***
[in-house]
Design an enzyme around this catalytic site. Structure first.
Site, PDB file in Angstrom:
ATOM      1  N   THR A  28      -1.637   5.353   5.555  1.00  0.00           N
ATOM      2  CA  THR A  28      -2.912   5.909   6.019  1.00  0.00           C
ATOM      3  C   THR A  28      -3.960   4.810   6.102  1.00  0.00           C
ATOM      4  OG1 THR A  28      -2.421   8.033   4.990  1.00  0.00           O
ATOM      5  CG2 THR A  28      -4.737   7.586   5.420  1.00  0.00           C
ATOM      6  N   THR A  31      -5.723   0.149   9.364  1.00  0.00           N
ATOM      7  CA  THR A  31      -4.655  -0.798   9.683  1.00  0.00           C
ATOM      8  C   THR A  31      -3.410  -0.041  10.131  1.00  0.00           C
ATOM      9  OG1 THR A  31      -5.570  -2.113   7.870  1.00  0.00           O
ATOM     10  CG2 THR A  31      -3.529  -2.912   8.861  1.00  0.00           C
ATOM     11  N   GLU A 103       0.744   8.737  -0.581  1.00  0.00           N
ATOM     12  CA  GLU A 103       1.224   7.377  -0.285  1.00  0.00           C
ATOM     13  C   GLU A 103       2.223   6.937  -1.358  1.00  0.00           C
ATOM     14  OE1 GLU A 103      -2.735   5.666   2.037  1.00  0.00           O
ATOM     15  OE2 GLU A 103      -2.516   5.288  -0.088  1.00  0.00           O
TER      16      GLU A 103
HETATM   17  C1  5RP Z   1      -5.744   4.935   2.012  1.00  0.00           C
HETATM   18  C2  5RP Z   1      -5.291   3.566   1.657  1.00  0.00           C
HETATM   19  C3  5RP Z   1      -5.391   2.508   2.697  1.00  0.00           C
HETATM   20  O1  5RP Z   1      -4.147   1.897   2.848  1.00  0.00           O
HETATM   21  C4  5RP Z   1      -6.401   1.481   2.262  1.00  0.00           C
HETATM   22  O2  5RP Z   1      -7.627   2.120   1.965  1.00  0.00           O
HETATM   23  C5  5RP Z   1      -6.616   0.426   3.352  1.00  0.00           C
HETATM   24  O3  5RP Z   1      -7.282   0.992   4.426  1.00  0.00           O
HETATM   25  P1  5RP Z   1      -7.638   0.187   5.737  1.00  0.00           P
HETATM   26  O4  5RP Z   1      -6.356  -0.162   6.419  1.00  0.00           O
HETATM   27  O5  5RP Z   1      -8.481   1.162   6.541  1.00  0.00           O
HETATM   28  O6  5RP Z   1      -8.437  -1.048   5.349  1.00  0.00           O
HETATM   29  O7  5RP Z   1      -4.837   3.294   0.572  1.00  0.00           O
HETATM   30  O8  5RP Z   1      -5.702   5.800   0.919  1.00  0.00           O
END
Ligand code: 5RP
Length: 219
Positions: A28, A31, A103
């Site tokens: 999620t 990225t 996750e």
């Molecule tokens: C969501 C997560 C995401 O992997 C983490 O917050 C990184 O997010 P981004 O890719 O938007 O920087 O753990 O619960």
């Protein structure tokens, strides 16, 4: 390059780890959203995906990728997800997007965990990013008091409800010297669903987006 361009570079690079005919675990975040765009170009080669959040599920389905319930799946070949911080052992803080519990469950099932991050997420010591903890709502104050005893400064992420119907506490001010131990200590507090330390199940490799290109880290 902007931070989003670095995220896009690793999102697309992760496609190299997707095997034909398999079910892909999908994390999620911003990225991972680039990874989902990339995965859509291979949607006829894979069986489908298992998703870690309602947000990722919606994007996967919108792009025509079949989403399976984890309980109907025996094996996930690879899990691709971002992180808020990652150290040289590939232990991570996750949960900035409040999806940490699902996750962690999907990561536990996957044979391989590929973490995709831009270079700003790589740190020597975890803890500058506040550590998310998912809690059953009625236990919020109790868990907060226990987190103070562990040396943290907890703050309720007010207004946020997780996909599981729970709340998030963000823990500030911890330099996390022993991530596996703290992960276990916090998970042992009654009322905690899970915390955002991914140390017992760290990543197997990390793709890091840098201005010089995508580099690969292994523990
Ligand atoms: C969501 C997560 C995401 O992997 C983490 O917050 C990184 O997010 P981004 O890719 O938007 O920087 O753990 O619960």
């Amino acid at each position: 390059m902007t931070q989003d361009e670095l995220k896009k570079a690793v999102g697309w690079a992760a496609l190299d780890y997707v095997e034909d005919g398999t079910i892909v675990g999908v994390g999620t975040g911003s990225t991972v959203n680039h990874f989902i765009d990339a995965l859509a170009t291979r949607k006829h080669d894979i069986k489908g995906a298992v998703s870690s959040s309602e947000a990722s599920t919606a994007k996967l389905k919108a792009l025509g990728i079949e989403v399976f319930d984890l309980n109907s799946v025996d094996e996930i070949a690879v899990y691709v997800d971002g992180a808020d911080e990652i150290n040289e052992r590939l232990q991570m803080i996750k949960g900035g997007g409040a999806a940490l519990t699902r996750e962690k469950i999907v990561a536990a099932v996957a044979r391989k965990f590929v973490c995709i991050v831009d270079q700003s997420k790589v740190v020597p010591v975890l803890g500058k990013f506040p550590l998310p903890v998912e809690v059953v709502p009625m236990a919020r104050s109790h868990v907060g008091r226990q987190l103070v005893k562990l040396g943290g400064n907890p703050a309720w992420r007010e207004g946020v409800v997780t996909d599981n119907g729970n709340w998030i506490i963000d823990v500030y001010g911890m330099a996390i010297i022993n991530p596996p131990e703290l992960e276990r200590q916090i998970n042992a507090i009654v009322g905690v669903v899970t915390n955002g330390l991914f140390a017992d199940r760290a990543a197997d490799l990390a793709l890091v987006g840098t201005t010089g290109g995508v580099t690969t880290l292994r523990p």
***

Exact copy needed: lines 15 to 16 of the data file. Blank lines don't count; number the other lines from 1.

ATOM     12  CA  GLU A 103       1.224   7.377  -0.285  1.00  0.00           C
ATOM     13  C   GLU A 103       2.223   6.937  -1.358  1.00  0.00           C